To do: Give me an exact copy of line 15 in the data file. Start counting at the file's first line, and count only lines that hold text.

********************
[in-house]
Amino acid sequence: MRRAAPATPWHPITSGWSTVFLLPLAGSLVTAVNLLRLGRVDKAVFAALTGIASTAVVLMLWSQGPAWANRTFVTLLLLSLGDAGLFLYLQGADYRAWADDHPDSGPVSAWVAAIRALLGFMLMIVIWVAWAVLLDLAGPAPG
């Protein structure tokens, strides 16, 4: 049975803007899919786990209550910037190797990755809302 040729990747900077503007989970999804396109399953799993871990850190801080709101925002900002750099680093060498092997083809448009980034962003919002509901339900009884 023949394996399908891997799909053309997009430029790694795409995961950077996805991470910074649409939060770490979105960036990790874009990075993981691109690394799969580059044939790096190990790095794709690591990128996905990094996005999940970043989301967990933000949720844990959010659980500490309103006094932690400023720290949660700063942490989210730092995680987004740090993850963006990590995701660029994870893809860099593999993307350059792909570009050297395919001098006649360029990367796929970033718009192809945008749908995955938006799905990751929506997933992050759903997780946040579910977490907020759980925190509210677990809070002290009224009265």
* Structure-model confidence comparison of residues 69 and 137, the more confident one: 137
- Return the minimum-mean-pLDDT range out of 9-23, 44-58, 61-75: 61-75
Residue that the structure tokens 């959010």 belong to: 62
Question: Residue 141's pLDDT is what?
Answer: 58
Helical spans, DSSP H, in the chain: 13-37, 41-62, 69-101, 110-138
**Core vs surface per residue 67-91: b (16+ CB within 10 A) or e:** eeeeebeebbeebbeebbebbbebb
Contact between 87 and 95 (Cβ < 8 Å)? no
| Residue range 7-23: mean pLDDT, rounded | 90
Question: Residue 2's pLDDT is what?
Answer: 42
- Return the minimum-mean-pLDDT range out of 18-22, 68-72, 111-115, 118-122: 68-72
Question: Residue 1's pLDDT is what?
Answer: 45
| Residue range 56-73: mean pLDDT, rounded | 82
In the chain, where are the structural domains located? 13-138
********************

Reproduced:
- Return the minimum-mean-pLDDT range out of 18-22, 68-72, 111-115, 118-122: 68-72